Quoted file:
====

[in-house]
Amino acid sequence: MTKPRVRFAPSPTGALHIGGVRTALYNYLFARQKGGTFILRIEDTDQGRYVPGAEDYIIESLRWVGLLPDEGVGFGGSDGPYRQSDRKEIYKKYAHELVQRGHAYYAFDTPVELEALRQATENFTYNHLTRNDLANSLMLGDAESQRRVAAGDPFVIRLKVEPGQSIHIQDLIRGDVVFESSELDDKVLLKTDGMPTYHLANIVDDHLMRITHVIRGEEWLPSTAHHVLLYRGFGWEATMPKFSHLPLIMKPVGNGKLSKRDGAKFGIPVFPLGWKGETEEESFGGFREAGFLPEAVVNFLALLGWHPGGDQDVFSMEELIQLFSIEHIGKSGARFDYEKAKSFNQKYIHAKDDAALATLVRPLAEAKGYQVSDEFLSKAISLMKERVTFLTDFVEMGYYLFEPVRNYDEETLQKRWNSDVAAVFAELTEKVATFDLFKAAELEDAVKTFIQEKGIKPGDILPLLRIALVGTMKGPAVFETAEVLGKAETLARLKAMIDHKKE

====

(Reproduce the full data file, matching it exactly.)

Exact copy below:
[in-house]
Amino acid sequence: MTKPRVRFAPSPTGALHIGGVRTALYNYLFARQKGGTFILRIEDTDQGRYVPGAEDYIIESLRWVGLLPDEGVGFGGSDGPYRQSDRKEIYKKYAHELVQRGHAYYAFDTPVELEALRQATENFTYNHLTRNDLANSLMLGDAESQRRVAAGDPFVIRLKVEPGQSIHIQDLIRGDVVFESSELDDKVLLKTDGMPTYHLANIVDDHLMRITHVIRGEEWLPSTAHHVLLYRGFGWEATMPKFSHLPLIMKPVGNGKLSKRDGAKFGIPVFPLGWKGETEEESFGGFREAGFLPEAVVNFLALLGWHPGGDQDVFSMEELIQLFSIEHIGKSGARFDYEKAKSFNQKYIHAKDDAALATLVRPLAEAKGYQVSDEFLSKAISLMKERVTFLTDFVEMGYYLFEPVRNYDEETLQKRWNSDVAAVFAELTEKVATFDLFKAAELEDAVKTFIQEKGIKPGDILPLLRIALVGTMKGPAVFETAEVLGKAETLARLKAMIDHKKE